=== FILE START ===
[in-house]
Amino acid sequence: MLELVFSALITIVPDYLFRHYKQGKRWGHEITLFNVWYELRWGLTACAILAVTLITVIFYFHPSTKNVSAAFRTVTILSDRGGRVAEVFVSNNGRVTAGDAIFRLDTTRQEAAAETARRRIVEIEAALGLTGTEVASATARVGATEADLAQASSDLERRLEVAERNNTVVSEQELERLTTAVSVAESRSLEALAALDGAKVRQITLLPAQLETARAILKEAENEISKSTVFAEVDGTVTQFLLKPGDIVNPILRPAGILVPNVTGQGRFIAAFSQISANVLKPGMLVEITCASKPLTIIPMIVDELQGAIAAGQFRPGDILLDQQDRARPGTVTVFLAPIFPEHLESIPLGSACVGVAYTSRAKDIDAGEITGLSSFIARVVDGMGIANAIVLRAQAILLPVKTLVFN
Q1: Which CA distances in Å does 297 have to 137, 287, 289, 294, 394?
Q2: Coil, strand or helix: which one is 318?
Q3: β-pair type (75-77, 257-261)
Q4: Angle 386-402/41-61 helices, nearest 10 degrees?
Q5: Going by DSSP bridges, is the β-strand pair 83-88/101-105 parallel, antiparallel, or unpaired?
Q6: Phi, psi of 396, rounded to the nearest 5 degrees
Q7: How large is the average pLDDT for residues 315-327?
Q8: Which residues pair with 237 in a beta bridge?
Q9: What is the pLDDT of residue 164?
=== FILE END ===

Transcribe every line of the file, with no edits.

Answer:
[in-house]
Amino acid sequence: MLELVFSALITIVPDYLFRHYKQGKRWGHEITLFNVWYELRWGLTACAILAVTLITVIFYFHPSTKNVSAAFRTVTILSDRGGRVAEVFVSNNGRVTAGDAIFRLDTTRQEAAAETARRRIVEIEAALGLTGTEVASATARVGATEADLAQASSDLERRLEVAERNNTVVSEQELERLTTAVSVAESRSLEALAALDGAKVRQITLLPAQLETARAILKEAENEISKSTVFAEVDGTVTQFLLKPGDIVNPILRPAGILVPNVTGQGRFIAAFSQISANVLKPGMLVEITCASKPLTIIPMIVDELQGAIAAGQFRPGDILLDQQDRARPGTVTVFLAPIFPEHLESIPLGSACVGVAYTSRAKDIDAGEITGLSSFIARVVDGMGIANAIVLRAQAILLPVKTLVFN
Q1: Which CA distances in Å does 297 have to 137, 287, 289, 294, 394?
Q2: Coil, strand or helix: which one is 318?
Q3: β-pair type (75-77, 257-261)
Q4: Angle 386-402/41-61 helices, nearest 10 degrees?
Q5: Going by DSSP bridges, is the β-strand pair 83-88/101-105 parallel, antiparallel, or unpaired?
Q6: Phi, psi of 396, rounded to the nearest 5 degrees
Q7: How large is the average pLDDT for residues 315-327?
Q8: Which residues pair with 237 in a beta bridge?
Q9: What is the pLDDT of residue 164?